The Hartford Democratic Town Committee will meet July 27 to endorse a candidate for mayor. Those candidates who do not receive the endorsement of the committee can run as petitioning candidates in the Sept. 16 primary.
Currently, there are three Democratic candidates seeking the party’s endorsement for mayor: incumbent Mayor Pedro Segarra, Luke Bronin and Bob Killian. A fourth candidate, John Gale, recently dropped out of the race.
Segarra, 56, who is seeking his second full-term as mayor, is a Puerto Rican born attorney. He has served as city council president and became mayor in June 2010 after the resignation of Mayor Eddie Perez and was elected to a full term in 2011. He lives in the West End with his husband Charlie Ortiz.
Killian, 68, is a third-generation Hartford resident. An attorney for 43 years, he served as the city’s probate judge for 30 years, resigning in April. He and his wife Candace live on Bloomfield Avenue and have two daughters.
Bronin, 36, is a Rhodes Scholar and law school graduate who grew up in Rye, N.Y. and Greenwich. He is a former general counsel to Governor Dannel Malloy and also has served with the U.S. Department of Treasury and the Navy. He and his wife Sara live in a downtown Hartford brownstone with their two daughters and a son.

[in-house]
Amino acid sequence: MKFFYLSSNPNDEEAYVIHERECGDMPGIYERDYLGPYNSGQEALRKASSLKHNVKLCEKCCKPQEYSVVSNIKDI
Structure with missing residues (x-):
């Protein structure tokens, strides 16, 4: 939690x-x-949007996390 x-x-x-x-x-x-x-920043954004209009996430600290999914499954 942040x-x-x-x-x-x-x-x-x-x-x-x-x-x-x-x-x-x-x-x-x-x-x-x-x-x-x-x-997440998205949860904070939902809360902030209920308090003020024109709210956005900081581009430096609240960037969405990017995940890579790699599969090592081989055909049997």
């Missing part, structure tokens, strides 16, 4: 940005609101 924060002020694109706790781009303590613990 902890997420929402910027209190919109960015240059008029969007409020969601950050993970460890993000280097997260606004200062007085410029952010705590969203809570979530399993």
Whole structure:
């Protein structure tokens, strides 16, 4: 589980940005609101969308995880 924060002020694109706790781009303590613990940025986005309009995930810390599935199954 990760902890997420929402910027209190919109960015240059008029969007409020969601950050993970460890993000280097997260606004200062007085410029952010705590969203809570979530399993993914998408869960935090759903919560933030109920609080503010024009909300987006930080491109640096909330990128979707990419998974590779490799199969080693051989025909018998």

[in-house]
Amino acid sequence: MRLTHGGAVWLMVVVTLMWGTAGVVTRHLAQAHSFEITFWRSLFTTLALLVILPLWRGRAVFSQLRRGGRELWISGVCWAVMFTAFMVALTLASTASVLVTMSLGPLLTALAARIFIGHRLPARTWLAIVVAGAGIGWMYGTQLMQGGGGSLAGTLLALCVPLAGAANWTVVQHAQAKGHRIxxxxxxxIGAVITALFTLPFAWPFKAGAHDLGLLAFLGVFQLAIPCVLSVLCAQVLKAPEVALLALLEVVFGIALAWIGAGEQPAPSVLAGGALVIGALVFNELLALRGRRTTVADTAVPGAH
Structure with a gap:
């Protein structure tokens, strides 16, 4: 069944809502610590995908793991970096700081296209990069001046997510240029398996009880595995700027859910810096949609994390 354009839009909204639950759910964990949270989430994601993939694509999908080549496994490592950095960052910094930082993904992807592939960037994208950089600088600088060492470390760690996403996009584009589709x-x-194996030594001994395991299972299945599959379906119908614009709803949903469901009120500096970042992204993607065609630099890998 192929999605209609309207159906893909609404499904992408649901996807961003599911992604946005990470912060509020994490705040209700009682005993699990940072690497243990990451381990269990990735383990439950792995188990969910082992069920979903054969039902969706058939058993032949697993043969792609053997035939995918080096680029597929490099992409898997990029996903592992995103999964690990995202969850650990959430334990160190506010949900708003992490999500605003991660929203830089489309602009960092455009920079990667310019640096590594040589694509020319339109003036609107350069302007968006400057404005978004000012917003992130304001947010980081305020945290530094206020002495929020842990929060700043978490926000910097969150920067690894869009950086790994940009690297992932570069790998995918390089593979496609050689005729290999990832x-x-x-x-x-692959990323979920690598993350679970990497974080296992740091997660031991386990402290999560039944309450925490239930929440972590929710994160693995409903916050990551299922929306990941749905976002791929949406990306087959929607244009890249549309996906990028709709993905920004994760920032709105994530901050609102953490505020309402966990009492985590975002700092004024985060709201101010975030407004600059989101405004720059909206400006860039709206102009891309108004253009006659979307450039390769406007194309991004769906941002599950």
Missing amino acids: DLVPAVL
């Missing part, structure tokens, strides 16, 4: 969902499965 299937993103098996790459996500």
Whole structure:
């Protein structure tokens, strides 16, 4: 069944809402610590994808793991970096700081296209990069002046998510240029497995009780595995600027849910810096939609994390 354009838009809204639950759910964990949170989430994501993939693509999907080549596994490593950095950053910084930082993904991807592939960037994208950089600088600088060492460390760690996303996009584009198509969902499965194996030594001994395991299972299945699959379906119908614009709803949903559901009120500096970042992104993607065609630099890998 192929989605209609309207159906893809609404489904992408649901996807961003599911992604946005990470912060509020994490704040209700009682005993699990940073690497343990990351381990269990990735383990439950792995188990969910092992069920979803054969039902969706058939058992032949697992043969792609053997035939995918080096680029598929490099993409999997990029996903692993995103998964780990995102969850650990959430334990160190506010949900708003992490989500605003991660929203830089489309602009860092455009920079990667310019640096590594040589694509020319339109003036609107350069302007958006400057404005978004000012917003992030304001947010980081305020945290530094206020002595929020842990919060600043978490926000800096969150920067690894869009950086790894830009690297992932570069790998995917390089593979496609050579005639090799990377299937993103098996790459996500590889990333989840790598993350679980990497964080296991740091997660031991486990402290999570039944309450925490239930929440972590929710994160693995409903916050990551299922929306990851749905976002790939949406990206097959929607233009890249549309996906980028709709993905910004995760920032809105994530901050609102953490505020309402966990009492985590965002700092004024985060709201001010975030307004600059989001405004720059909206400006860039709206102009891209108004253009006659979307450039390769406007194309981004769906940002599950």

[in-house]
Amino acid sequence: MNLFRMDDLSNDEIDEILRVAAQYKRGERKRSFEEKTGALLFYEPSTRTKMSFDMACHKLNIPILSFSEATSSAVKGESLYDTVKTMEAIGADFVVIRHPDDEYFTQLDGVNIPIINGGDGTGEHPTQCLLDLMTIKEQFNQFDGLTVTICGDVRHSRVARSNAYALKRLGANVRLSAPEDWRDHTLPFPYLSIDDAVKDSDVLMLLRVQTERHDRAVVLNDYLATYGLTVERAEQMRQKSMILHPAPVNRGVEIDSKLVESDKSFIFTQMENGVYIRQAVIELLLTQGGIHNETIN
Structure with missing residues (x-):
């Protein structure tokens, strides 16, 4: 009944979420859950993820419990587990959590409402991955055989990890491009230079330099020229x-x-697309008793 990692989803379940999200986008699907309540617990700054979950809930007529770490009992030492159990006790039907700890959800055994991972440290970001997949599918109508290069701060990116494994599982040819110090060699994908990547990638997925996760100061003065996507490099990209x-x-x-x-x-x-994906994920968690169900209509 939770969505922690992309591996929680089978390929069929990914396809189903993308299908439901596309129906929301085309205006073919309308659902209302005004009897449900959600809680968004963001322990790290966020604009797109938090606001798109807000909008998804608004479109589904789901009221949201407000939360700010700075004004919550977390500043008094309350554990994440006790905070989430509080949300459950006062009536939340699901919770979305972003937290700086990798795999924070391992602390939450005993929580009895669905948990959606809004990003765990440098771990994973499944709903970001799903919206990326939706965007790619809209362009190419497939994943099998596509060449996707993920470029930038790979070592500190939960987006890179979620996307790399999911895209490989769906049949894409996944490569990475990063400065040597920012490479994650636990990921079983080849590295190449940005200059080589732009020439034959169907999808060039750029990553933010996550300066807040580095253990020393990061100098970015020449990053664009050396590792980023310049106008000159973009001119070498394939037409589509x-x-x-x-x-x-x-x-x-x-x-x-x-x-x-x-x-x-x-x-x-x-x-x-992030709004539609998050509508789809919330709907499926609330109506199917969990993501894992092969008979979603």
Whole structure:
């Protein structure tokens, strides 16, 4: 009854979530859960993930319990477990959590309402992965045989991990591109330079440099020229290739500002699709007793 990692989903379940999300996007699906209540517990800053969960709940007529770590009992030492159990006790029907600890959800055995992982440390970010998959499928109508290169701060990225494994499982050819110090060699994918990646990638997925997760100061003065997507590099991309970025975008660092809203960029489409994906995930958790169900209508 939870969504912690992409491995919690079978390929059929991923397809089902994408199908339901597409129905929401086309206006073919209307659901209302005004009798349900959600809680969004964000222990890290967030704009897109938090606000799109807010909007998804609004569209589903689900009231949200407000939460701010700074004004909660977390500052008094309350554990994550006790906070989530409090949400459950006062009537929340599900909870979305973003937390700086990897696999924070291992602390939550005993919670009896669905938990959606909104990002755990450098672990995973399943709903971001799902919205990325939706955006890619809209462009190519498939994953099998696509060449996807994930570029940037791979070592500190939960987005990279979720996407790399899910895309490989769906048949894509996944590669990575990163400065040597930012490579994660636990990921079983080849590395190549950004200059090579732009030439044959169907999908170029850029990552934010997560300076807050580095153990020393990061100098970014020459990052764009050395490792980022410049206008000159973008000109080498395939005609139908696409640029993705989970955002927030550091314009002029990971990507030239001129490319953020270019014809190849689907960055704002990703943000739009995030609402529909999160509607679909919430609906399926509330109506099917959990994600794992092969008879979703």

With the town committee meeting days away, CTLatinoNews.com offered the Democratic candidates an opportunity to address four questions related to their campaigns and issues facing Hartford. Their answers are posted below in the order received.
1. Will you seek the Democratic mayoral nomination via a primary if you do not receive the Democratic Town Committee endorsement?
Segarra: Yes! I am running for Mayor for the people and not the politics.
Bronin: Yes, because Hartford needs a change in City Hall. The support for my campaign comes from all parts of Hartford. We have built a strong team of community leaders, volunteers, and elected officials who are committed to increased accountability and more effective leadership. I was proud to receive endorsements from state Representative Angel Arce and neighborhood activist, civil rights leader Luis Cabán, an d many other Latino leaders who have stood beside me at key moments in the campaign. To learn more about my ideas for the City, please call my campaign at 860-598-LUKE or follow me on Facebook in English (Luke Bronin for Mayor) or Spanish (Luke Bronin Para Alcalde), and on Twitter at @BroninforMayor.